Warts, of which there are several different types, grow as a result of the human papilloma virus, or HPV. A wart may grow on any area of the body, but this type of growth is most often seen on the hands. Estimates are that one in every twenty school-aged children have at least one wart.
Common warts are described as looking like cauliflower, with a raised, rough surface. These warts are contagious, with the virus potentially spread if a wart is scratched or touched. If exposure occurs on another area of the skin, or between two people, up to a year may pass before a new wart appears from this exposure.
Though a wart is not a serious health concern, this type of growth may be removed in order to end or prevent pain or embarrassment.
Fifty percent of the warts developed in childhood tend to disappear naturally within six months. Within a two year period from onset, about 90 percent of warts go away on their own. However, warts that occur in adulthood have the potential of lasting many years. Some warts are resistant to over the counter treatment, even if the same person has successfully removed another wart using the same method. Plantar warts, those that grow on the soles of the feet, tend to linger. Because this type of wart can be uncomfortable due to location, removal may be recommended. Removal of facial warts, as well, is best done via professional dermatologic care.
There are several different methods that may be used to remove a wart. Which method is chosen will depend on the area in which the wart is located, the type of wart, size of the wart, and the developmental maturity of the patient.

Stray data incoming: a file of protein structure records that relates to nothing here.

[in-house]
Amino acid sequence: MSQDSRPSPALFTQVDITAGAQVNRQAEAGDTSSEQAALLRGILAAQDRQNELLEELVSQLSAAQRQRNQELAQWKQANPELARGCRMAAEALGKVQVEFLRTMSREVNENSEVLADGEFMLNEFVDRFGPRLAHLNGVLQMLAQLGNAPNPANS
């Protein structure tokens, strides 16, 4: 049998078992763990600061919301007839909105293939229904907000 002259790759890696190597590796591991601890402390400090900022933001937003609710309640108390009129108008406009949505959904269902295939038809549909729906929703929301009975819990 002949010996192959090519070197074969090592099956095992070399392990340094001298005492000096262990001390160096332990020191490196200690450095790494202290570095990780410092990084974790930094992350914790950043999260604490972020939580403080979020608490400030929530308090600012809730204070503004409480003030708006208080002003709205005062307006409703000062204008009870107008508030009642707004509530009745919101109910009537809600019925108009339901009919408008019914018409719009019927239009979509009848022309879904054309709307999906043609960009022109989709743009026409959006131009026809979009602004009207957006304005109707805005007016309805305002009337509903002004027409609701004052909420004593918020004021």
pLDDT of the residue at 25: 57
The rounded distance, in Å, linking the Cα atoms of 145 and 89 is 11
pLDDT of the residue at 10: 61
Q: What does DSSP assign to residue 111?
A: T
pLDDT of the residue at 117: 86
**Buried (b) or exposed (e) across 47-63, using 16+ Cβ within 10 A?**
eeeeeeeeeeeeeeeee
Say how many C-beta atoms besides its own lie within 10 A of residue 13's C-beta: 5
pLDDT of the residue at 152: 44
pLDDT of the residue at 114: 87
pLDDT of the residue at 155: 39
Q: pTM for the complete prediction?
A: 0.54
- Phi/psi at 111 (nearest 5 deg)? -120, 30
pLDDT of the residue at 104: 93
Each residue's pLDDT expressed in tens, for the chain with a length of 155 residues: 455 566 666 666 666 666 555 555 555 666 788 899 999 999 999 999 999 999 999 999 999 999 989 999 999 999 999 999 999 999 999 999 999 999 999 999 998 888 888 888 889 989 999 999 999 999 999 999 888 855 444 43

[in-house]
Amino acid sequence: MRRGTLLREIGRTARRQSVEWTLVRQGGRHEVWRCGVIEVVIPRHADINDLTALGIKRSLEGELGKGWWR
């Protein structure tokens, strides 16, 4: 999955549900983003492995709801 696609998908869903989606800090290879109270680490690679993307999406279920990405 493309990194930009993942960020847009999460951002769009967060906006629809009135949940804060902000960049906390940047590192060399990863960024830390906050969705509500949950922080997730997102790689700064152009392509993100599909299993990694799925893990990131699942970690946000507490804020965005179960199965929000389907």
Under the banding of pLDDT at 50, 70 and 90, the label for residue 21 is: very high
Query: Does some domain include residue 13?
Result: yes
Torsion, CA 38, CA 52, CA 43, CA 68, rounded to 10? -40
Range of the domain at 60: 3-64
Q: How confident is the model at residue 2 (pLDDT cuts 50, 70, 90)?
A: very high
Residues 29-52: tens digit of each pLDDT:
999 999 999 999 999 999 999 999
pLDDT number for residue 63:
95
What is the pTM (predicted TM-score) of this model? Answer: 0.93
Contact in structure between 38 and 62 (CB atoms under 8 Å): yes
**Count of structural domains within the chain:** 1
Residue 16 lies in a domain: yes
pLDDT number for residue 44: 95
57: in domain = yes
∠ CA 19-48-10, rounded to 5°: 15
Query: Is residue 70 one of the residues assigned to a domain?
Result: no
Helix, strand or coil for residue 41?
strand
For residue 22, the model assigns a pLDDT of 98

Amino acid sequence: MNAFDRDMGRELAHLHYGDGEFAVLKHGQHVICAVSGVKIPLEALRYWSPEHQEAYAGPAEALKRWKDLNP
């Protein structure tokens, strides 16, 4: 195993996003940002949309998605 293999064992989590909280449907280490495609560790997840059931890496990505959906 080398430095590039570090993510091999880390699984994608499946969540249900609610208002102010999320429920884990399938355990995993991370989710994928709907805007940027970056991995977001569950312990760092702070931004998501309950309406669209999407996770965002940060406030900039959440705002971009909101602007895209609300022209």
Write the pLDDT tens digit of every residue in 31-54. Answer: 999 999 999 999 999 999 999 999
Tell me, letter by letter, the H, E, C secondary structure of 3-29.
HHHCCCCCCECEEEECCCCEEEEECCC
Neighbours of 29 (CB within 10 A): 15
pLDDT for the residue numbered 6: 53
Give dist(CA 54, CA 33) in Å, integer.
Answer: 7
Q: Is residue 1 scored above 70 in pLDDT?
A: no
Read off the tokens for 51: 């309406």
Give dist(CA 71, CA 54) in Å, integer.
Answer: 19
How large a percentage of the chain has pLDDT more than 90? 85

All about Warts and other skin concerns - Dr. Roger Koreen
Warts can be contagious depending on a person’s immune system.
Some people have a high immunity against ward virus
Close physical contact with a patient can give warts to another person.
Warts may be frozen using liquid nitrogen. With repeated treatments over about four weeks, cryotherapy is approximately 70 percent effective at eliminating warts with minimal, if any, scarring.
Cutting a wart out is often no more effective than other methods, and this procedure has an increased risk of scarring so is performed less frequently. In addition to scarring, an excised wart may leave behind small amounts of virus that lead to a secondary wart in the same area.
Warts may be destroyed with a pulsed dye laser, a type of treatment typically used to remove multiple plantar warts. Full elimination of a wart may take several treatments.
Dr. Koreen and his team offer gentle, effective care for warts and other skin concerns. To schedule your visit in our Huntington, NY office, call (631) 417-3300.